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    ABSTRACT: It will be possible to predict the success and failure of the prosthodontic treatment and prevent clinical complications if the oral environment including prostheses and their supporting teeth and periodontium can be monitored in real time. The aim of this report is to introduce the concept of a smart prosthesis, which monitors specific factors in the oral cavity, and investigate its feasibility through a literature review of MEMS (Micro-electro-mechanical System) and Biosensing.
    09/2013; 29(3). DOI:10.14368/jdras.2013.29.3.290
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    Yeon-Wha Baek · Young-Jun Lim · Myung-Joo Kim · Ho-Beom Kwon ·
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    ABSTRACT: Recently, the demand for esthetic improvement by a treatment neither time consuming nor invasive is increasing. The patient wanted the maxillary anterior teeth appearance to be improved by prosthetic treatment, not other treatments such as orthodontic, periodontal, and endodontic treatments, despite the limit of esthetic improvement. In this case, among the recent variety of all ceramic systems for the aesthetic prosthetic restoration, we selected the zirconia-based system as a method of restoration in order to conceal the discoloration of teeth. The patient was satisfied with the esthetic results.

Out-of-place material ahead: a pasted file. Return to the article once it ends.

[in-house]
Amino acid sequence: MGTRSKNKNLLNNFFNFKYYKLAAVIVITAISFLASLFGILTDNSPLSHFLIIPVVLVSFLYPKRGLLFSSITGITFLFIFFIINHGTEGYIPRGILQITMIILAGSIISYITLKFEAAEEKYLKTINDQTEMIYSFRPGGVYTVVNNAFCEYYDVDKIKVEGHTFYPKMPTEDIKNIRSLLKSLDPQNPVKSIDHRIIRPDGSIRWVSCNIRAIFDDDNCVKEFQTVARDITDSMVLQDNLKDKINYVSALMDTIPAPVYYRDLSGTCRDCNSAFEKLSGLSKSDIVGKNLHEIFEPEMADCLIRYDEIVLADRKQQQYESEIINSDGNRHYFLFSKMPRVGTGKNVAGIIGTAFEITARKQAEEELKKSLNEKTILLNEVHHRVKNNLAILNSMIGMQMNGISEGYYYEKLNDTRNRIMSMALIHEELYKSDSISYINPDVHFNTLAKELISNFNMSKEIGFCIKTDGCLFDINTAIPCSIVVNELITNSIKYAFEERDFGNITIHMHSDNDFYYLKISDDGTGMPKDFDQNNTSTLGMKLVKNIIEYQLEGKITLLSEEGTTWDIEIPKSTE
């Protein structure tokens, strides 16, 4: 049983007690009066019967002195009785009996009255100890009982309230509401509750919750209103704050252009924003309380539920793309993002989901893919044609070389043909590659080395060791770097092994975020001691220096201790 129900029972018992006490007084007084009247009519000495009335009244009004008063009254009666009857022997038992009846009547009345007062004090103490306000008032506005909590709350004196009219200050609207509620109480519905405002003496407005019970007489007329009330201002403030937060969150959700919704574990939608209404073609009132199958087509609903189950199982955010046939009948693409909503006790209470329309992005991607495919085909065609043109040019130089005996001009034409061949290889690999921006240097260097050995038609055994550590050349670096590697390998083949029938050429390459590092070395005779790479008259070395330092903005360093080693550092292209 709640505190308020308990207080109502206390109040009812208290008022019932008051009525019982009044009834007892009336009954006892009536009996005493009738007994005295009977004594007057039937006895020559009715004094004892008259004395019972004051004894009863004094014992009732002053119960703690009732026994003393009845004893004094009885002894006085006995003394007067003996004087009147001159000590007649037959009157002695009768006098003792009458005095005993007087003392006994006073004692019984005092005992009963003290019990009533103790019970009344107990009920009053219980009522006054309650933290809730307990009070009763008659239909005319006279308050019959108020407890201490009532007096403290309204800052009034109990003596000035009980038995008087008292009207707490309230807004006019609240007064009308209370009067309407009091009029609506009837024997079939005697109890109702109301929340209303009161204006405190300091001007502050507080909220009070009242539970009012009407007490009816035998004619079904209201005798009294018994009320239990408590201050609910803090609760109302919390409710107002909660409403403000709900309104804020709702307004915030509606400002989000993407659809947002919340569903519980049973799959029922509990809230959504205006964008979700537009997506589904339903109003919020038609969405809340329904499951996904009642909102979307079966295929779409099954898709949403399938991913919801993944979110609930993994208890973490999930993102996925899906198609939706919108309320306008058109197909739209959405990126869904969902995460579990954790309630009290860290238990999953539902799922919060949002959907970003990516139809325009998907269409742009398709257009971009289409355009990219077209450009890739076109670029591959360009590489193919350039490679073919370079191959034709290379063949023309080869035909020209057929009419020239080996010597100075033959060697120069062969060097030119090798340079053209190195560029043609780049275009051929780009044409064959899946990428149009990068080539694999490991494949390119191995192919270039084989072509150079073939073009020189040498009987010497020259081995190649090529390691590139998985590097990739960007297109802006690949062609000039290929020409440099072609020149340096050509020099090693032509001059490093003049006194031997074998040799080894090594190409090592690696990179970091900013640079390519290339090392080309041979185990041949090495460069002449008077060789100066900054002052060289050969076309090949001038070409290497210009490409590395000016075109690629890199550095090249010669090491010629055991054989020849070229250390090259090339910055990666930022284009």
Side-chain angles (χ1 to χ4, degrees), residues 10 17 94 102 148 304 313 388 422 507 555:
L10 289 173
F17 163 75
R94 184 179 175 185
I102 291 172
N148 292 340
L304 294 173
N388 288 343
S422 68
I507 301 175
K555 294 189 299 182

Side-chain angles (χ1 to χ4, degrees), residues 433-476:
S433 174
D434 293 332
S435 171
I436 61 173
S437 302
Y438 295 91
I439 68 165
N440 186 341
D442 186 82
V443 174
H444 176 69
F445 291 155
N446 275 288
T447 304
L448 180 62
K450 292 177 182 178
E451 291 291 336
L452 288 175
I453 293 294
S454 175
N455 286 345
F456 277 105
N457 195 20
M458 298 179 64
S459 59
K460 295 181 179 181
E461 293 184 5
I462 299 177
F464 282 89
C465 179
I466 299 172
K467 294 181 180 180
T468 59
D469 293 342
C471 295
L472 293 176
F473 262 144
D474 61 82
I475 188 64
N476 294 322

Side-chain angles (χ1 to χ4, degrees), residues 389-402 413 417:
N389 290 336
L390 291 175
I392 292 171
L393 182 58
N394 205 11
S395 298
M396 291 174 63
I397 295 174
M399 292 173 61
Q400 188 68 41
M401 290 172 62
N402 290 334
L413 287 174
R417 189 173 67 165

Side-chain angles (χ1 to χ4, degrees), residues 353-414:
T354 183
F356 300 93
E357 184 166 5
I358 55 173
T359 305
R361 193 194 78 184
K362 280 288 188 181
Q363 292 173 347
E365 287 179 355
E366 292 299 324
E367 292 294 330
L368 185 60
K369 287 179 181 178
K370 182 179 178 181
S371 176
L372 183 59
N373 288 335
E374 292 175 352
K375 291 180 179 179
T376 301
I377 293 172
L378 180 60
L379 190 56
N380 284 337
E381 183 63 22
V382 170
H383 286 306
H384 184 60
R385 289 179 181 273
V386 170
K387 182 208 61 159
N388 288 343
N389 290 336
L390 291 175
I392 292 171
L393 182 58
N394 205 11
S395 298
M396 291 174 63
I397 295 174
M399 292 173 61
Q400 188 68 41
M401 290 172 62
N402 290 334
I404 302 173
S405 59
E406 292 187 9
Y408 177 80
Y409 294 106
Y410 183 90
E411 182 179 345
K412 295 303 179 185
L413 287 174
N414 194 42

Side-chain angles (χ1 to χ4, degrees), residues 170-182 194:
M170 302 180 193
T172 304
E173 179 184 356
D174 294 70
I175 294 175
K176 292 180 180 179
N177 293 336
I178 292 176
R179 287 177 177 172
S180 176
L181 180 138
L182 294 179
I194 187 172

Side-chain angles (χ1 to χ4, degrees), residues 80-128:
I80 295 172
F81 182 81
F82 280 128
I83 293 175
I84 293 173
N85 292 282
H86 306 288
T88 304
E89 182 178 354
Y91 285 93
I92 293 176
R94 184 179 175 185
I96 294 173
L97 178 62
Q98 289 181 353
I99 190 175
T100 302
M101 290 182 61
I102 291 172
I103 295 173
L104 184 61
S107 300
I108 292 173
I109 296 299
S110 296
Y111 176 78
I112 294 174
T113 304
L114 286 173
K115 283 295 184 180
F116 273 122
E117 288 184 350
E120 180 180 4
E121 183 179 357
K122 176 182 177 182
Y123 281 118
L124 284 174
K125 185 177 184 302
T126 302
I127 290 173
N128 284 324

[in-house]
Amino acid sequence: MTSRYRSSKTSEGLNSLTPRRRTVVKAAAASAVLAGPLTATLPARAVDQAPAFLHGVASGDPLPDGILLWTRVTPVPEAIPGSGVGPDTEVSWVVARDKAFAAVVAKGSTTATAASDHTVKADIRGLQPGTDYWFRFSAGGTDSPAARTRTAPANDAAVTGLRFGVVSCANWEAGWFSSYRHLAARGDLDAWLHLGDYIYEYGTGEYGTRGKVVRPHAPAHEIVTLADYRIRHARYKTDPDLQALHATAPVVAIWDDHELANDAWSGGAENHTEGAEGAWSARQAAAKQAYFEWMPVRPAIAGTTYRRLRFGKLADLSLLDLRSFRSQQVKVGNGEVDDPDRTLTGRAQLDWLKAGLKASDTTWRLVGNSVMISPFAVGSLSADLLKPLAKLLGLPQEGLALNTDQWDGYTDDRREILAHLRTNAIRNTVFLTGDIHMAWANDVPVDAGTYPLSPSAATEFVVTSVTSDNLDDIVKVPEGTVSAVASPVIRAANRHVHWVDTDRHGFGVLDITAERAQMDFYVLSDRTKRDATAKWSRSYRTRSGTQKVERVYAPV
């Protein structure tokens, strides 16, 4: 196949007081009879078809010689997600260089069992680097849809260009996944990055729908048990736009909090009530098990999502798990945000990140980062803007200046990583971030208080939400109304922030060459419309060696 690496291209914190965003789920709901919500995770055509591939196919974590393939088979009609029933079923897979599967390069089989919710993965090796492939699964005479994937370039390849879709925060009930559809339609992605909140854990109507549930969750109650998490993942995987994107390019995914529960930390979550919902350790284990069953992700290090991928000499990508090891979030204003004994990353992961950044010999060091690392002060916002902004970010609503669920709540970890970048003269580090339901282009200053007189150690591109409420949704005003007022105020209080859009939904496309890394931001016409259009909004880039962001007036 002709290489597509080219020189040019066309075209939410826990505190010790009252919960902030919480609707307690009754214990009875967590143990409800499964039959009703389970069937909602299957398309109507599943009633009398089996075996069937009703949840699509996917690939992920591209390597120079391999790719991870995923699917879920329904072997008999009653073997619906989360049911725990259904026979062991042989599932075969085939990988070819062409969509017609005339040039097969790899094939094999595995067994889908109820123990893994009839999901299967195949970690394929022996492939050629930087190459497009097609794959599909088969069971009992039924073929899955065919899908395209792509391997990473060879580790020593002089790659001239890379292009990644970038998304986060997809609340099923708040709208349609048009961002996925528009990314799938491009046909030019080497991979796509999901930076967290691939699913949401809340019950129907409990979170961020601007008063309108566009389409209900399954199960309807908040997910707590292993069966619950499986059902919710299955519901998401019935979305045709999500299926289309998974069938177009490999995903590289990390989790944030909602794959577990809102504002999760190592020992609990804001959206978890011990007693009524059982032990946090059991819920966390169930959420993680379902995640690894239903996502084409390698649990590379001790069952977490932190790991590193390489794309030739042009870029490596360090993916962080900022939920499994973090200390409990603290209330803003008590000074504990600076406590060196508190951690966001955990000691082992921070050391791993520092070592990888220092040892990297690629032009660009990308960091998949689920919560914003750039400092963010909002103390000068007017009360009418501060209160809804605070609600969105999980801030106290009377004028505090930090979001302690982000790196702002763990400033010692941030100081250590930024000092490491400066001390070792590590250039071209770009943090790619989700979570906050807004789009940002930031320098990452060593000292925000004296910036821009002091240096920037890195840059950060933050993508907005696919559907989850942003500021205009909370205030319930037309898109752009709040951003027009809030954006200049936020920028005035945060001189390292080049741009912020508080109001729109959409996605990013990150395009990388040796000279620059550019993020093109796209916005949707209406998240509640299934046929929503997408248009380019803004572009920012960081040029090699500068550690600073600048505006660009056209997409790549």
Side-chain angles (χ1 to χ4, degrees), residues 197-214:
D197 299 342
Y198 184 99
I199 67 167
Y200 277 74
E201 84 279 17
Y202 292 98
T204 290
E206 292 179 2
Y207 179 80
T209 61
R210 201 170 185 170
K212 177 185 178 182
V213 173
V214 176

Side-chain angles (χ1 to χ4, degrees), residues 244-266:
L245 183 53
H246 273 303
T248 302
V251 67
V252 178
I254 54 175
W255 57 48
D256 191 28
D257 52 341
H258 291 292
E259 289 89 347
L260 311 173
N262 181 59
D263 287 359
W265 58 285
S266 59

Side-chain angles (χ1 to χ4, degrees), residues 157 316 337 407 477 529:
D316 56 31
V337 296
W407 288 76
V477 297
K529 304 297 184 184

03/2013; 29(1). DOI:10.14368/jdras.2013.29.1.095
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    ABSTRACT: The purpose of this investigation was to measure the accuracy of digital impressions (DIs) compared to conventional impressions (CIs). Using the iTero system, a master cast was scanned to produce stereolithography dies. As a control group, silicone impressions were taken and poured using stone. The resulting stereolithography and stone dies were scanned and overlayed on the scanned reference image of the master cast. The mean (± standard deviation) dimensional difference to the master cast was 23.9 (± 17.6) ?m for DIs and 17.6 (± 45.6) μm for CIs. The results indicate that DIs also provides enough accuracy for clinical application.